Maintaining social media accounts while staying as anonymous as possible isn’t easy—just ask the Director of the FBI—but you can put your Facebook, Twitter, Instagram, and other accounts into a locked-down, private mode to evade detection.
When your social media accounts are locked down people can’t see what’s inside without your permission. This is great if you want to stay up to date with close friends and family, but aren’t keen having random internet users wandering across your profile.
If you’re hunting for a job and don’t want potential employers scouring your Facebook or Instagram for ill-advised photo, or you’re a teacher and don’t want your students browsing your Tweets then here’s how to lock things down.
Facebook is the trickiest social network of the bunch when it comes to trying to stay private, but you do have options for keeping your posts hidden from the outside world, (though not from Facebook’s advertising algorithms).
Underneath every status you update and every photo you upload is what’s known as the audience selector menu—options here range from Public (even people without a Facebook account can see it) to Only Me. You probably want something in the middle, and Facebook lets you create custom friend lists so only certain people can see your posts.
Once you’ve chosen a setting in the audience selector tool, it stays applied for all your posts until you change it again, so double-check before posting. And if you want to know who can see what on your profile, click the three dots on your cover photo, then choose View As from the list.
Facebook lets people who aren’t your friends follow your public posts, Twitter-style. To make sure this option isn’t available on your account, go to the Public posts page and check the setting in the top-right corner—it should be set to Friends if you want your profile page and your posts to be as well-hidden as possible.
If you delve into the Privacy tab of Facebook’s Settings page, you can hide your profile from showing up to search engines. On the same screen, it’s possible to limit who can find you by email address and phone number. Meanwhile, if you go to the Timeline and Tagging screen, you can take some control over what other people post about you on Facebook—tags can be reviewed before being applied, and you can limit the audience for posts other people make to your profile.
You can’t set your Facebook profile to be fully private, as you can on Twitter and Instagram, but you get more granular control over who can see each post—so some of your stuff can stay locked away and some of it can reach a wider audience.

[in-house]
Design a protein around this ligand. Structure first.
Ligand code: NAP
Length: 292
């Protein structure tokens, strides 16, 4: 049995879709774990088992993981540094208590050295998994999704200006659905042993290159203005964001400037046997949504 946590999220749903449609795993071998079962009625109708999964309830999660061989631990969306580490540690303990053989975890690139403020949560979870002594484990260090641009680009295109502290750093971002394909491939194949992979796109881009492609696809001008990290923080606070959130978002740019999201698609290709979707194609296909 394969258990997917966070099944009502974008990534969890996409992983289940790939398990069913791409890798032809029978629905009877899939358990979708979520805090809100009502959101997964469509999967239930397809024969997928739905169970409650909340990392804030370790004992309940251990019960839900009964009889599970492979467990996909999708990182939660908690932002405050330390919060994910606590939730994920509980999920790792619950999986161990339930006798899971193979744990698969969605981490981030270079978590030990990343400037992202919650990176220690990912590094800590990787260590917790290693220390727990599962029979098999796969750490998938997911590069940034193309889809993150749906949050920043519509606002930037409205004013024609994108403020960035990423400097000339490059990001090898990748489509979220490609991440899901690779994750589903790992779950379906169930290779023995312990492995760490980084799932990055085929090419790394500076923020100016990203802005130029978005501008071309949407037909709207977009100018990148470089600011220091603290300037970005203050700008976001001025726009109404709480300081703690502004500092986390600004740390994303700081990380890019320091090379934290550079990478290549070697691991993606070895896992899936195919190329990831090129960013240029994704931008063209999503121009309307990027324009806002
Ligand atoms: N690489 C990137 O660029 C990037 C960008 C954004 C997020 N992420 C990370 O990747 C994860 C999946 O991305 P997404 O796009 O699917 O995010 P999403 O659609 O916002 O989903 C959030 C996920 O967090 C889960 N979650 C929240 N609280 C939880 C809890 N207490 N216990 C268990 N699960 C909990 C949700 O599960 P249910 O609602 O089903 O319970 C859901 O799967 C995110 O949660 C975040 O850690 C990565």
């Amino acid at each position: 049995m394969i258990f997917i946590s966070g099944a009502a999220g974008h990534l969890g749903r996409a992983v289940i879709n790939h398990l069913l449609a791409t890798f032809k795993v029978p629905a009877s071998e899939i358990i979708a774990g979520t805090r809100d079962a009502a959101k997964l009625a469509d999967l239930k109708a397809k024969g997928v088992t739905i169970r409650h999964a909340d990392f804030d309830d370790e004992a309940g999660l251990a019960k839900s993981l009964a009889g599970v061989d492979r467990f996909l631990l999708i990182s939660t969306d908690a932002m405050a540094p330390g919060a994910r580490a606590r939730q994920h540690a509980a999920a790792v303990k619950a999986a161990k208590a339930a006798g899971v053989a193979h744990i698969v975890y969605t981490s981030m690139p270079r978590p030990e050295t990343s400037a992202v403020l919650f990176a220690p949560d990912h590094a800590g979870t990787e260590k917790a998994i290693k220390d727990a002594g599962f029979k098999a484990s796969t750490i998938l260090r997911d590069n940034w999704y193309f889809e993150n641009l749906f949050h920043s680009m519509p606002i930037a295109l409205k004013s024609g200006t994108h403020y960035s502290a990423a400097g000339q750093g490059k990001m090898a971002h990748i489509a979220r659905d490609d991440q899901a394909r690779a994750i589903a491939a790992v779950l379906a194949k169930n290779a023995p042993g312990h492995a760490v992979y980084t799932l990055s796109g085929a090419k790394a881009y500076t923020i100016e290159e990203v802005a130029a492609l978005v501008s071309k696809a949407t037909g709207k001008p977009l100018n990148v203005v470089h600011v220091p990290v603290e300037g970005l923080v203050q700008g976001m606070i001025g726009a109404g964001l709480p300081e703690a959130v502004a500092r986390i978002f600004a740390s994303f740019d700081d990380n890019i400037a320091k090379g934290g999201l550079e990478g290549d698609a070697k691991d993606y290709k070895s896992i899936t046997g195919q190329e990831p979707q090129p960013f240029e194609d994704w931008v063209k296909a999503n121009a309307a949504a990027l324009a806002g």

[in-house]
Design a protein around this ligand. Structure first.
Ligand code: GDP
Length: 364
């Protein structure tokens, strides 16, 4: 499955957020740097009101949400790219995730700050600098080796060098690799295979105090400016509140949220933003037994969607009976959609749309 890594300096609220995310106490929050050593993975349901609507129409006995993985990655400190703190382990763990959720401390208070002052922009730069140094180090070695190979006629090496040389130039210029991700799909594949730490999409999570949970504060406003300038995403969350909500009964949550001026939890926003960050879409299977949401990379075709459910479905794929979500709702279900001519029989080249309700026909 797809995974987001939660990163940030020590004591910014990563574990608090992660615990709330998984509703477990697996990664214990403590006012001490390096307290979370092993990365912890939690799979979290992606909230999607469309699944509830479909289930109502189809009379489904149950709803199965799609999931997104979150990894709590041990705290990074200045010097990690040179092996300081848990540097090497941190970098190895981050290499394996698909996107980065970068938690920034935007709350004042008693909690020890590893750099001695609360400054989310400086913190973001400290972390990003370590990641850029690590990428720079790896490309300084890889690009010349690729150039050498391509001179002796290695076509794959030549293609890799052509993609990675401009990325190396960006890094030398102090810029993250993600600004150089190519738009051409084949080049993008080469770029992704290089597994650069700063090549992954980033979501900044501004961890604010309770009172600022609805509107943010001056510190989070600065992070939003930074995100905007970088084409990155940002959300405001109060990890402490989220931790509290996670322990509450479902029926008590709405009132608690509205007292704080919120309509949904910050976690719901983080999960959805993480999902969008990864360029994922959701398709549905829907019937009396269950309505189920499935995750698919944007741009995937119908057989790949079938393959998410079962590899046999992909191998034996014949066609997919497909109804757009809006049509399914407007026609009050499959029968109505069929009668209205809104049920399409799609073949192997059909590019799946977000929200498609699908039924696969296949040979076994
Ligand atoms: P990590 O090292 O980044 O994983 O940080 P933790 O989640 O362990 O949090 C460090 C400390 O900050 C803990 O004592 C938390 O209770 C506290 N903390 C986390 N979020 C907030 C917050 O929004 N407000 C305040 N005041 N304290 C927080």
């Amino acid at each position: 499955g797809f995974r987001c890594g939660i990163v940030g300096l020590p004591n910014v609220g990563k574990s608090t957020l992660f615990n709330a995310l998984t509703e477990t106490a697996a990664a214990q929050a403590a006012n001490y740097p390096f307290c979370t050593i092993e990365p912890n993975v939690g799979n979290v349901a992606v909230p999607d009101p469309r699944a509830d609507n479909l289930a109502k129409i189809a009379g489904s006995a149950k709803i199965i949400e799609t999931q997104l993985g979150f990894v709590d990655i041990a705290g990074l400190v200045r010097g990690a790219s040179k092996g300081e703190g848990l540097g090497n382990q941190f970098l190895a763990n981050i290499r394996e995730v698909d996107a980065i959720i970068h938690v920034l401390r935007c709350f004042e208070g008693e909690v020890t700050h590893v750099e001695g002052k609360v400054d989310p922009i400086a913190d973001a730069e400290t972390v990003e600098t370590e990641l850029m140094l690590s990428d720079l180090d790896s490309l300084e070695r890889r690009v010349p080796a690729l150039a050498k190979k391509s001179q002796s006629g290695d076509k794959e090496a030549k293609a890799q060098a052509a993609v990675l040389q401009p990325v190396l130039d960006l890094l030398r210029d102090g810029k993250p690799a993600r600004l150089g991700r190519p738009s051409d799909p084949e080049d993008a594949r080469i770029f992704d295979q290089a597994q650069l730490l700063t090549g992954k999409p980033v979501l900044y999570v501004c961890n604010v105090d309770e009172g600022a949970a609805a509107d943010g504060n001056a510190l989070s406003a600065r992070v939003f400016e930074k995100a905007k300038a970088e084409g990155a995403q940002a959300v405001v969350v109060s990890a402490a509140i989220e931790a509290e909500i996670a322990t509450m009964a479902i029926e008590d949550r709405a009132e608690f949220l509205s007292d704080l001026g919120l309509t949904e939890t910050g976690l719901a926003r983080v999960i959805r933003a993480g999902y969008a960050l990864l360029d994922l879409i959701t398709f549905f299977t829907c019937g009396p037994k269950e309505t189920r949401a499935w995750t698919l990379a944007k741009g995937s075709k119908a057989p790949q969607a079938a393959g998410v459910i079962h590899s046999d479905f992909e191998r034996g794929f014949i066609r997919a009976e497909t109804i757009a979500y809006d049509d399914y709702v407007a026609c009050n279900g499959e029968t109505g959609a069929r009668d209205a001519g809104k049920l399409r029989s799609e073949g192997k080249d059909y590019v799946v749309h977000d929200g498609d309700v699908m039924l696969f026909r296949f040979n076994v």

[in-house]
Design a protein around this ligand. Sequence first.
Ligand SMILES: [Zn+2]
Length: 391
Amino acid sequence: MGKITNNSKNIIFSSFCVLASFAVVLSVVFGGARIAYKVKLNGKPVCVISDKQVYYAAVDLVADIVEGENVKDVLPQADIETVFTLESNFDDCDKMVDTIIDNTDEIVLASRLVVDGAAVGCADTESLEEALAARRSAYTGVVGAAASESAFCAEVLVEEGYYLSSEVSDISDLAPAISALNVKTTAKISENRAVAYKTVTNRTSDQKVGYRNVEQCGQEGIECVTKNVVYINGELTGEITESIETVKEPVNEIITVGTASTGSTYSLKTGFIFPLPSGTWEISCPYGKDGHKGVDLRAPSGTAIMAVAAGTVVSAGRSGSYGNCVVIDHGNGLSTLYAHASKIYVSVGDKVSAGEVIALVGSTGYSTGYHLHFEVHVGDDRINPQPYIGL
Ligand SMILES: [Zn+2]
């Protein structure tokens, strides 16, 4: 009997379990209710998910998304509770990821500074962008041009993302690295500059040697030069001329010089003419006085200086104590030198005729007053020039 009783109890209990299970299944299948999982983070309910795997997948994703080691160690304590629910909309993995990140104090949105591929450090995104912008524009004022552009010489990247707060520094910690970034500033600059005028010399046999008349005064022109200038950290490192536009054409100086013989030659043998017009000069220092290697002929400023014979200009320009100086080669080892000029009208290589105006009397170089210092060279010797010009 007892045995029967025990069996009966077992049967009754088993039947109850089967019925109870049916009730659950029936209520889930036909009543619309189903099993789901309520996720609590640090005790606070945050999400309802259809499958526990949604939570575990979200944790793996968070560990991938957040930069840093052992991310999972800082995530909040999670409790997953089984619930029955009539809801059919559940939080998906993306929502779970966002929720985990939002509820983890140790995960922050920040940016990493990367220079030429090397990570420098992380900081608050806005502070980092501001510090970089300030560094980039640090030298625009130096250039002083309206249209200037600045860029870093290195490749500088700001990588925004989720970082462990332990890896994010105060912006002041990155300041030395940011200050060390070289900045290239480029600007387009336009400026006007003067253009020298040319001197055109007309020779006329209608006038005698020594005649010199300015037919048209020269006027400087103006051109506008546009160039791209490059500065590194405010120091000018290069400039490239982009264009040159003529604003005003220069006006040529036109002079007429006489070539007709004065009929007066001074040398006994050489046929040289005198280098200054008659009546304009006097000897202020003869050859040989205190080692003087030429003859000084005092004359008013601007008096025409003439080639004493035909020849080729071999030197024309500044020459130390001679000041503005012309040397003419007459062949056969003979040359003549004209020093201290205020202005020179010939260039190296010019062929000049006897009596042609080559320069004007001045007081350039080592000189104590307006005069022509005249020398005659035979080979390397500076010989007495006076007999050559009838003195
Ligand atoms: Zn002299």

Twitter and Instagram take a very similar approach to privacy: your profile can be either public (anyone can see posts, whether or not they’re friends with you) or private (only approved friends can see what you’re posting). Staying public certainly has its benefits, but as you’re reading this we’re assuming you want to keep your profile hidden.
On Twitter, open up the Settings and privacy screen from the menu under your avatar, then click Privacy and safety and tick the box marked Protect my Tweets. On the same screen you can prevent other people from finding you based on an email address or phone number, which certainly helps if you don’t particularly want to be found.
Go private on Twitter, and all your past and future tweets are hidden from view to everyone except people you’ve approved as followers. Everyone who was already following you is automatically approved, but you’ll get a prompt for new followers. The option to retweet your tweets will be disabled, though any of your approved followers can take a screenshot of something you’ve said, so choose your friends wisely.
As far as Instagram goes, you can make the change inside the app. From your profile screen, tap the settings menu button (it’s a cog icon on iOS and three dots on Android), then toggle the switch marked Private Account to On. All of your past and future posts are then visible only to approved followers, and as on Twitter, everyone who was following you already automatically gets in the club.
Your photos and videos won’t show up in public hashtag or location searches, but remember to check on other networks you’ve connected Instagram to, like Facebook—there’s no point setting your posts to private if they’re going to be made public on a different connected network. Follower requests can be approved or denied from the Activity tab in the app.
Assuming none of your approved followers are ever going to leak any of your private posts, hiding your profile like this on Twitter and Instagram should effectively lock the rest of the world out. The framework of your profile itself, together with your avatar and bio, can still be seen by anyone though—if you really don’t want to be found, here’s some more advice.